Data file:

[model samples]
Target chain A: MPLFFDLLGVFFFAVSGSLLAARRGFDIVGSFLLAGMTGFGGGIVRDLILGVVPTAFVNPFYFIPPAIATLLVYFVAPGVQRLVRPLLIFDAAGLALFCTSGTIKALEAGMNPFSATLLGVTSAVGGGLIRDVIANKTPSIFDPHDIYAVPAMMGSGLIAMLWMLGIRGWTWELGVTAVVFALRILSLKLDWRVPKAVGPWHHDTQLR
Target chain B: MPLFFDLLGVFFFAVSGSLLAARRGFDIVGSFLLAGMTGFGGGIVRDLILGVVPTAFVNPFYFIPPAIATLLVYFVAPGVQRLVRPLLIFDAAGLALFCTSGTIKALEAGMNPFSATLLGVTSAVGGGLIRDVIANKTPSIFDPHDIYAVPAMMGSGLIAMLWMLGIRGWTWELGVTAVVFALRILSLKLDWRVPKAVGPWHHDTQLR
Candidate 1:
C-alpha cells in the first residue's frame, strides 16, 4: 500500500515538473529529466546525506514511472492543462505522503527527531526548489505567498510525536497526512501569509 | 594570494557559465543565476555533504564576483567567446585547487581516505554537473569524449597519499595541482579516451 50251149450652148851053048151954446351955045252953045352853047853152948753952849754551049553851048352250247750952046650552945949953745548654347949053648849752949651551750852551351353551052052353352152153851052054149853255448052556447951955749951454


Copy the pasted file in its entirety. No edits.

[model samples]
Target chain A: MPLFFDLLGVFFFAVSGSLLAARRGFDIVGSFLLAGMTGFGGGIVRDLILGVVPTAFVNPFYFIPPAIATLLVYFVAPGVQRLVRPLLIFDAAGLALFCTSGTIKALEAGMNPFSATLLGVTSAVGGGLIRDVIANKTPSIFDPHDIYAVPAMMGSGLIAMLWMLGIRGWTWELGVTAVVFALRILSLKLDWRVPKAVGPWHHDTQLR
Target chain B: MPLFFDLLGVFFFAVSGSLLAARRGFDIVGSFLLAGMTGFGGGIVRDLILGVVPTAFVNPFYFIPPAIATLLVYFVAPGVQRLVRPLLIFDAAGLALFCTSGTIKALEAGMNPFSATLLGVTSAVGGGLIRDVIANKTPSIFDPHDIYAVPAMMGSGLIAMLWMLGIRGWTWELGVTAVVFALRILSLKLDWRVPKAVGPWHHDTQLR
Candidate 1:
C-alpha cells in the first residue's frame, strides 16, 4: 500500500515538473529529466546525506514511472492543462505522503527527531526548489505567498510525536497526512501569509 | 594570494557559465543565476555533504564576483567567446585547487581516505554537473569524449597519499595541482579516451 50251149450652148851053048151954446351955045252953045352853047853152948753952849754551049553851048352250247750952046650552945949953745548654347949053648849752949651551750852551351353551052052353352152153851052054149853255448052556447951955749951454